After nibbling upon these snacks, you are given a bowl of traditional pea soup (it's super good), and a steaming cup of coffee that you sweeten with maple syrup. After the soup, there are plates of egg pie. Not quiche, just a dozen or so plain eggs stirred up and cooked in a pie plate. There are also bowls of plain steamed potatoes, farm made sausages that look like cocktail weenies, ham, and Oreilles de Crisse (translation: Ears of Christ), which are deep fried, smoked pork jowls. All is to be smothered with great gobs of maple syrup. For dessert it varies, and today we had soft ice cream (which you are supposed to slather with syrup), sugar pie (which is so good, I can't even describe it), pouding chomeur (translation: unempolyment pudding), and usually pancakes (which we didn't have today for some reason, but they're supposed to be there). To accompany your dining experience, there are strains of traditional Quebec songs, which are made up of a sort of a mixture of French and Celtic fiddle music that you could stomp around in your boots to, and have titles like "Chez Ma Tante Gervaise" (At My Aunt Gervaise's Place).

After you pull your overfed bulk from behind the table, you can go take a hay ride, or a trip through the petting zoo. There were Indian Peacocks, strange black and white turkeys with red and blue heads, white geese which looked like they had puffy brain like things on their heads, stumpy little ponies, and manky sheep. After that, you give a nice man a ticket, and it buys you a popsicle stick. You are led to a trough filled with packed snow (whence the snow comes, I don't know, and don't want to know), and upon this snow is placed lines of tire (pronounced teer, which means "pull"). Tire is maple syrup that's been boiled down, and it's thick and taffy like. When it's ladled thinly in lines on the snow, it hardens. You take your popsicle stick, and roll that gob of sticky tire over it, and then gobble it up. As long as you can manage to hang on to your stick, you can usually do several lines of tire (yes, I blatantly use a coke analogy, because I imagine there's not much of a difference in feeling). But once you lose your stick, you're out of there.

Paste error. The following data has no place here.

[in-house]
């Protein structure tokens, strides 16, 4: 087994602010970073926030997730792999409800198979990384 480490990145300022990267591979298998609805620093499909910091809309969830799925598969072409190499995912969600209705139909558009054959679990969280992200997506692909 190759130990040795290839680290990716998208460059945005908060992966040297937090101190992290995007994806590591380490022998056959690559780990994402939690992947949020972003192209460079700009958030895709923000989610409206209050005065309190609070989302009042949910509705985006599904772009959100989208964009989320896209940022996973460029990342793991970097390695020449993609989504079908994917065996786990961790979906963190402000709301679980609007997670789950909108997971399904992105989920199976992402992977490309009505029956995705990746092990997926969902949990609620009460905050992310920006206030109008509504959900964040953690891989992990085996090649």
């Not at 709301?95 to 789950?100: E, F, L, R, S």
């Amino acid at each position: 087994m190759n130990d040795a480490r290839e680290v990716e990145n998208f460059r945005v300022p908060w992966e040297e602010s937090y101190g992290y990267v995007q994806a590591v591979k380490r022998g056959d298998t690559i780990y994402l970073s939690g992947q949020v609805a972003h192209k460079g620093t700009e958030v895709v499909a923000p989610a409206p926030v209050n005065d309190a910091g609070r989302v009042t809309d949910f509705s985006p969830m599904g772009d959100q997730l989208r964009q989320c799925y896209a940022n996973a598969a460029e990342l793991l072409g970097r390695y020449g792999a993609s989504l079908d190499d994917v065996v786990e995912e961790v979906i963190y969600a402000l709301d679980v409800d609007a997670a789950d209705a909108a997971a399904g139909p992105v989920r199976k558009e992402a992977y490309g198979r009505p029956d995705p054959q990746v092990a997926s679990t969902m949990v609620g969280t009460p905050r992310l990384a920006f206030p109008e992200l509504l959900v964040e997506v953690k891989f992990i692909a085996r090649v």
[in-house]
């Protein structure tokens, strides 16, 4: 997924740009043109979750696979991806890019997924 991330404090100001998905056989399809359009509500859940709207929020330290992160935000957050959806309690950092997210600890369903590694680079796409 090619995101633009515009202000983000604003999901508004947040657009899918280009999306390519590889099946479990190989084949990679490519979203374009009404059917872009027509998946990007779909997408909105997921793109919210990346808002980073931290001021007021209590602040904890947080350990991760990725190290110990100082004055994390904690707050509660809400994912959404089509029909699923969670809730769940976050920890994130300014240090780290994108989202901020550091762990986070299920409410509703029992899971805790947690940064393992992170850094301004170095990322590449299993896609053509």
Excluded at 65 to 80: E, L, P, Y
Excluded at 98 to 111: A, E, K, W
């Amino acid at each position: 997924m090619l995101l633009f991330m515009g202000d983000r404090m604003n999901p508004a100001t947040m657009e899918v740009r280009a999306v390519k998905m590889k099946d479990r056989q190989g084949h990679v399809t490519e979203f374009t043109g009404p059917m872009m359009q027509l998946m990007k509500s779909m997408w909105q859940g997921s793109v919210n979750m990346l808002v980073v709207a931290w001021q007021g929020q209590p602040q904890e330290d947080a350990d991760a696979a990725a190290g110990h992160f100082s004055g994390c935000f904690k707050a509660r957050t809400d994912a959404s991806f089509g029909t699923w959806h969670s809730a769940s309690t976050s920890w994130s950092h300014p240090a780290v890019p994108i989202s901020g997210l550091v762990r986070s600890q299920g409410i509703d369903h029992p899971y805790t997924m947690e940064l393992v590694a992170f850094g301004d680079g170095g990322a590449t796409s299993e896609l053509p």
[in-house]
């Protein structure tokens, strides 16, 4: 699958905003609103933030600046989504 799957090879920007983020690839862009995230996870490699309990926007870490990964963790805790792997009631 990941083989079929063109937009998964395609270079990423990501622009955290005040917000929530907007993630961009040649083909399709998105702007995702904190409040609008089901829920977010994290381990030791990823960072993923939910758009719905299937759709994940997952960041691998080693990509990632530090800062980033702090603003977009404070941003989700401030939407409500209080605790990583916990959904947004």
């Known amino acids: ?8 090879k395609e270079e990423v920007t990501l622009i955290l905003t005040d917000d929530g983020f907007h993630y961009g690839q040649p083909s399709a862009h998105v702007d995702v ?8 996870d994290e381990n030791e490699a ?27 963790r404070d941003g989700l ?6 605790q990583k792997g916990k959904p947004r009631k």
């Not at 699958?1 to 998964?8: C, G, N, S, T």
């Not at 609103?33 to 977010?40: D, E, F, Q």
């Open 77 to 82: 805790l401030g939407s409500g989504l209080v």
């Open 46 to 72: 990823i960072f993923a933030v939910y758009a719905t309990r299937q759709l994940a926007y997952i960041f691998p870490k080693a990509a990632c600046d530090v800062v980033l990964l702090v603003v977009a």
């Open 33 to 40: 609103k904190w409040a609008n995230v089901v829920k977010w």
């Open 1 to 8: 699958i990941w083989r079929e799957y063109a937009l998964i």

It's a good time. What was fun was reconnecting with the people my husband works with. I attended the birth of one of the couples there last year, and got to hang out with Baby Olivia, who is now one. I'm not trying to be esoteric when I say this, but I swear there is often a spark of recognition in the eyes of a child whose birth I attended (up to the age of 18 months or so), and they usually seem very happy to sit and snuggle with me for a time. Catching up with the babies you've seen into the world is one of the big perks of doula work.

When I came home, I checked out my email message from The Birth Project. They featured my blog on "Control" in the Spring Edition of their magazine, and I am quite proud of that. I have always enjoyed writing, but never imagined people would start asking for my work. Check out http://www.birthproject.com/ to see what they're up to.

Lastly, I want to wish Sue Appleton, a very important lady in the land of MotherWit, a huge and heartfelt HAPPY BIRTHDAY! May this be a year full of nothing but wonderful things. Hugs, Sue!

Have a great weekend, Everybody!